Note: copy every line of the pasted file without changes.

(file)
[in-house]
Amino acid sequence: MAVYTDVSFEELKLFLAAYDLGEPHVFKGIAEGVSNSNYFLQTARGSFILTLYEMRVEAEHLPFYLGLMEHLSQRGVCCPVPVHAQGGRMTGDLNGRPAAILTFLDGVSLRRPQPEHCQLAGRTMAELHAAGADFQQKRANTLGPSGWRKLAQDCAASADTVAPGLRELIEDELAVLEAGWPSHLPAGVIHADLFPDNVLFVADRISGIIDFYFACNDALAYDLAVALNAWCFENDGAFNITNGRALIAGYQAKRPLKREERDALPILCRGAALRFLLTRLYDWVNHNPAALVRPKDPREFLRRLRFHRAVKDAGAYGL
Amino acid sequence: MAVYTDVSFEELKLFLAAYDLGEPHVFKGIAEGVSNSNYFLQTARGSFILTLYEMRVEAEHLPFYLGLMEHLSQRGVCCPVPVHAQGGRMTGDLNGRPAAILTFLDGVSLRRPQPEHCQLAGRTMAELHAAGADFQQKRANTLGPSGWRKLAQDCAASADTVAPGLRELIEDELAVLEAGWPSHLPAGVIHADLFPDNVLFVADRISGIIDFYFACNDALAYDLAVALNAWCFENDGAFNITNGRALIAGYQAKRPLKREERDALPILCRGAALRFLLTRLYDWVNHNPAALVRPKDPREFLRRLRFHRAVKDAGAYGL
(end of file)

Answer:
[in-house]
Amino acid sequence: MAVYTDVSFEELKLFLAAYDLGEPHVFKGIAEGVSNSNYFLQTARGSFILTLYEMRVEAEHLPFYLGLMEHLSQRGVCCPVPVHAQGGRMTGDLNGRPAAILTFLDGVSLRRPQPEHCQLAGRTMAELHAAGADFQQKRANTLGPSGWRKLAQDCAASADTVAPGLRELIEDELAVLEAGWPSHLPAGVIHADLFPDNVLFVADRISGIIDFYFACNDALAYDLAVALNAWCFENDGAFNITNGRALIAGYQAKRPLKREERDALPILCRGAALRFLLTRLYDWVNHNPAALVRPKDPREFLRRLRFHRAVKDAGAYGL
Amino acid sequence: MAVYTDVSFEELKLFLAAYDLGEPHVFKGIAEGVSNSNYFLQTARGSFILTLYEMRVEAEHLPFYLGLMEHLSQRGVCCPVPVHAQGGRMTGDLNGRPAAILTFLDGVSLRRPQPEHCQLAGRTMAELHAAGADFQQKRANTLGPSGWRKLAQDCAASADTVAPGLRELIEDELAVLEAGWPSHLPAGVIHADLFPDNVLFVADRISGIIDFYFACNDALAYDLAVALNAWCFENDGAFNITNGRALIAGYQAKRPLKREERDALPILCRGAALRFLLTRLYDWVNHNPAALVRPKDPREFLRRLRFHRAVKDAGAYGL